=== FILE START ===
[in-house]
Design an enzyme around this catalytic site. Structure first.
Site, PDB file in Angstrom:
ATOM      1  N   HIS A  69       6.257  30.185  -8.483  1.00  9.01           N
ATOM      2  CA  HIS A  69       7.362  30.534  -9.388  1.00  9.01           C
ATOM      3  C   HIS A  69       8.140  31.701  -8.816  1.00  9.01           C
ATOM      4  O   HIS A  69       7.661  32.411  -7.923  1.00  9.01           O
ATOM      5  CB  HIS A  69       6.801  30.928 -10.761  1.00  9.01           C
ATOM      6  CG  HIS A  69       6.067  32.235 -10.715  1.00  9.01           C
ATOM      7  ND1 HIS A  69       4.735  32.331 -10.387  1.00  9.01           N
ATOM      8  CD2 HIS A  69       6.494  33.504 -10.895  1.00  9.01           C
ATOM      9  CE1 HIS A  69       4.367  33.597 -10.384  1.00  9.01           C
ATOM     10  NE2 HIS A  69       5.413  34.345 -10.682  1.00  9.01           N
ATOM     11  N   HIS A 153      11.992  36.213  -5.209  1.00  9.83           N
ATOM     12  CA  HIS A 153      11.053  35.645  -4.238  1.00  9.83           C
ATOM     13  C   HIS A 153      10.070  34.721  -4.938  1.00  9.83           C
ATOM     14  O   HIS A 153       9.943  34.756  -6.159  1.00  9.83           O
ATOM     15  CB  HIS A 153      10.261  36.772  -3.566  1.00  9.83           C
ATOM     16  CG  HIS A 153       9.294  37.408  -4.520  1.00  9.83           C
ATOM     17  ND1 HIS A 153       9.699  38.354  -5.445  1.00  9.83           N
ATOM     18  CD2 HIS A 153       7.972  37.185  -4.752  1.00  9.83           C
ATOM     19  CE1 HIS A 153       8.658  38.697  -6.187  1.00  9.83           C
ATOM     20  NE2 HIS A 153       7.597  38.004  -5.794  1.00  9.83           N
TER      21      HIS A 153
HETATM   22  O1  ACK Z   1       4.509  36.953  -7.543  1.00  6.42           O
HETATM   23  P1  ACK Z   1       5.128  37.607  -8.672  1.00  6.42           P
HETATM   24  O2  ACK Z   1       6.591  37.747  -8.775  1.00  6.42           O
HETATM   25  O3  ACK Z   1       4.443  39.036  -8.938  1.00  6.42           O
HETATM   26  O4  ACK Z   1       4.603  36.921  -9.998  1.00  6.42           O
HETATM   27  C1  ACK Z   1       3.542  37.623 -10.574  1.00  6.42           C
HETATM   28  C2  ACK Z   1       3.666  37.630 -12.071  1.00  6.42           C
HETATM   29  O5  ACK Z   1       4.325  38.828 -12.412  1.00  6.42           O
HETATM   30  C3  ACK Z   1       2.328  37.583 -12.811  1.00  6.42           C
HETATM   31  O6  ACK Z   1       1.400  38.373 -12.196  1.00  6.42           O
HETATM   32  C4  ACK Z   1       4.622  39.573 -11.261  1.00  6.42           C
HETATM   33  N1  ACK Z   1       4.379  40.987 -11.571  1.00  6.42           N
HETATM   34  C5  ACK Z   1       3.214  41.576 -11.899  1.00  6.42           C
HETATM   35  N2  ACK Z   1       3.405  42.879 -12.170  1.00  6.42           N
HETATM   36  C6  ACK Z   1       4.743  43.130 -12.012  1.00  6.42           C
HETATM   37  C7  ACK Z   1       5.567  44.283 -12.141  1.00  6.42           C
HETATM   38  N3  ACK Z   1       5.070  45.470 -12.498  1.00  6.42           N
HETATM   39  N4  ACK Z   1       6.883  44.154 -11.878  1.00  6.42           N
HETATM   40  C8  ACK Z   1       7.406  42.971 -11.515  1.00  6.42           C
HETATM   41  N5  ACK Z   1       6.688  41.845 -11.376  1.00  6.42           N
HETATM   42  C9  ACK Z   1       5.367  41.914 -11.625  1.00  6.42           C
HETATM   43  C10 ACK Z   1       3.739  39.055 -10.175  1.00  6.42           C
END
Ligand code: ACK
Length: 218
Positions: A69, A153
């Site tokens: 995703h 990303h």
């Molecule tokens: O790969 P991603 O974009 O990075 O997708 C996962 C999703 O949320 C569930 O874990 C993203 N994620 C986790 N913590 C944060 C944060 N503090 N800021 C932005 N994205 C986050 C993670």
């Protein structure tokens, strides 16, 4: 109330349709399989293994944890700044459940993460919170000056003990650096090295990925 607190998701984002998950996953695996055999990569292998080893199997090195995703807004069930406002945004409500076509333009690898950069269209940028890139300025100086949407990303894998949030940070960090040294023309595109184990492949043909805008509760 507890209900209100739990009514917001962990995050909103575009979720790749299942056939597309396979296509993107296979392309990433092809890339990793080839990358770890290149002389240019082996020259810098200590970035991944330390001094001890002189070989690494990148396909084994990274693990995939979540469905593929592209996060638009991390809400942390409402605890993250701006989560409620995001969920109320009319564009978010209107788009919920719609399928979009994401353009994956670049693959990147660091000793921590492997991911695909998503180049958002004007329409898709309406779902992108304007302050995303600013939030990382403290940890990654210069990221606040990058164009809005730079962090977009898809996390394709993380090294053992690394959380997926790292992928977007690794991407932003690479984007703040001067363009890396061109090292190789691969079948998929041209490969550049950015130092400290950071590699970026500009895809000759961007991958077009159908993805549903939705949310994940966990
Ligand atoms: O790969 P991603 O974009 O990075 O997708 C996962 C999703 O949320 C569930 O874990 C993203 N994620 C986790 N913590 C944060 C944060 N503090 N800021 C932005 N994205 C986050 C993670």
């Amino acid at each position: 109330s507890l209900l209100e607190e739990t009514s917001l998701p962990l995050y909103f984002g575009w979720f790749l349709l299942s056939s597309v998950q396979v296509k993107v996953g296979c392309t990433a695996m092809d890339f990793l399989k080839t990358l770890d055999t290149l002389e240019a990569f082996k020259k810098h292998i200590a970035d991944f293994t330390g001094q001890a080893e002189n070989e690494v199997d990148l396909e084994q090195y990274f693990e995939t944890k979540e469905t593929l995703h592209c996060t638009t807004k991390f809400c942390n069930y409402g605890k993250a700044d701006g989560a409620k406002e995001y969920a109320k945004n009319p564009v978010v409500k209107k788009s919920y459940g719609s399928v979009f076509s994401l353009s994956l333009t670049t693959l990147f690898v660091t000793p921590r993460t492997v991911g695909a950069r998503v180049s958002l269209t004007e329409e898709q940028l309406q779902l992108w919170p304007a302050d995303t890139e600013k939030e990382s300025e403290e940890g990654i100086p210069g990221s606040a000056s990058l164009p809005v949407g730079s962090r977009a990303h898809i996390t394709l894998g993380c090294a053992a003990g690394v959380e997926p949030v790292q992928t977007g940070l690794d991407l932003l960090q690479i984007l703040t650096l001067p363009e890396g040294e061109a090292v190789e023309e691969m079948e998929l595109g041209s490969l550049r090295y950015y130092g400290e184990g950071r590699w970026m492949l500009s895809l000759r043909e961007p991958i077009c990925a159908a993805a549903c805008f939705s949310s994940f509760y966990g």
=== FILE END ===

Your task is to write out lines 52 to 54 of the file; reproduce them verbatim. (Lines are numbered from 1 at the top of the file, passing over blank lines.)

């Molecule tokens: O790969 P991603 O974009 O990075 O997708 C996962 C999703 O949320 C569930 O874990 C993203 N994620 C986790 N913590 C944060 C944060 N503090 N800021 C932005 N994205 C986050 C993670």
């Protein structure tokens, strides 16, 4: 109330349709399989293994944890700044459940993460919170000056003990650096090295990925 607190998701984002998950996953695996055999990569292998080893199997090195995703807004069930406002945004409500076509333009690898950069269209940028890139300025100086949407990303894998949030940070960090040294023309595109184990492949043909805008509760 507890209900209100739990009514917001962990995050909103575009979720790749299942056939597309396979296509993107296979392309990433092809890339990793080839990358770890290149002389240019082996020259810098200590970035991944330390001094001890002189070989690494990148396909084994990274693990995939979540469905593929592209996060638009991390809400942390409402605890993250701006989560409620995001969920109320009319564009978010209107788009919920719609399928979009994401353009994956670049693959990147660091000793921590492997991911695909998503180049958002004007329409898709309406779902992108304007302050995303600013939030990382403290940890990654210069990221606040990058164009809005730079962090977009898809996390394709993380090294053992690394959380997926790292992928977007690794991407932003690479984007703040001067363009890396061109090292190789691969079948998929041209490969550049950015130092400290950071590699970026500009895809000759961007991958077009159908993805549903939705949310994940966990
Ligand atoms: O790969 P991603 O974009 O990075 O997708 C996962 C999703 O949320 C569930 O874990 C993203 N994620 C986790 N913590 C944060 C944060 N503090 N800021 C932005 N994205 C986050 C993670």